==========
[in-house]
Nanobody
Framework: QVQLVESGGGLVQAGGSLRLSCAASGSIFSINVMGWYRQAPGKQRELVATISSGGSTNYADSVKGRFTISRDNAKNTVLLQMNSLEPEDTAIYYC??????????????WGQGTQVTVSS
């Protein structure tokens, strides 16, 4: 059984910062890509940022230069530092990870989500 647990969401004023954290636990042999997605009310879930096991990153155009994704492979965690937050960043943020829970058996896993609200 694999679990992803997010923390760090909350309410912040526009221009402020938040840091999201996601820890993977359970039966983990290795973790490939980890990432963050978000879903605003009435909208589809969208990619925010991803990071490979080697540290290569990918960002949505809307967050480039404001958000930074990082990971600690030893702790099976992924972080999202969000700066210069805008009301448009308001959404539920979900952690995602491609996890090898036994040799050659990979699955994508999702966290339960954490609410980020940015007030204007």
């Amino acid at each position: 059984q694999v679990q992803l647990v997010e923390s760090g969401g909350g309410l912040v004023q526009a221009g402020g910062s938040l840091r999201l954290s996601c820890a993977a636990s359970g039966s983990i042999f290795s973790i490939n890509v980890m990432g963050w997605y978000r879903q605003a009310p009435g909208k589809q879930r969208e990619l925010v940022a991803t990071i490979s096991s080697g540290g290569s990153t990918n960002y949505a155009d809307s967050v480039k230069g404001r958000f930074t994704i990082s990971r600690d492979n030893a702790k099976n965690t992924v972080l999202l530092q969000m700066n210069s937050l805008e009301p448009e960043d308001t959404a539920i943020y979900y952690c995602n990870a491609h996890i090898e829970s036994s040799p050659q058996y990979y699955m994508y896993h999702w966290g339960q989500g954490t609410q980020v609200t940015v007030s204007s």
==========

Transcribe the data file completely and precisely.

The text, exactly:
[in-house]
Nanobody
Framework: QVQLVESGGGLVQAGGSLRLSCAASGSIFSINVMGWYRQAPGKQRELVATISSGGSTNYADSVKGRFTISRDNAKNTVLLQMNSLEPEDTAIYYC??????????????WGQGTQVTVSS
């Protein structure tokens, strides 16, 4: 059984910062890509940022230069530092990870989500 647990969401004023954290636990042999997605009310879930096991990153155009994704492979965690937050960043943020829970058996896993609200 694999679990992803997010923390760090909350309410912040526009221009402020938040840091999201996601820890993977359970039966983990290795973790490939980890990432963050978000879903605003009435909208589809969208990619925010991803990071490979080697540290290569990918960002949505809307967050480039404001958000930074990082990971600690030893702790099976992924972080999202969000700066210069805008009301448009308001959404539920979900952690995602491609996890090898036994040799050659990979699955994508999702966290339960954490609410980020940015007030204007």
């Amino acid at each position: 059984q694999v679990q992803l647990v997010e923390s760090g969401g909350g309410l912040v004023q526009a221009g402020g910062s938040l840091r999201l954290s996601c820890a993977a636990s359970g039966s983990i042999f290795s973790i490939n890509v980890m990432g963050w997605y978000r879903q605003a009310p009435g909208k589809q879930r969208e990619l925010v940022a991803t990071i490979s096991s080697g540290g290569s990153t990918n960002y949505a155009d809307s967050v480039k230069g404001r958000f930074t994704i990082s990971r600690d492979n030893a702790k099976n965690t992924v972080l999202l530092q969000m700066n210069s937050l805008e009301p448009e960043d308001t959404a539920i943020y979900y952690c995602n990870a491609h996890i090898e829970s036994s040799p050659q058996y990979y699955m994508y896993h999702w966290g339960q989500g954490t609410q980020v609200t940015v007030s204007s």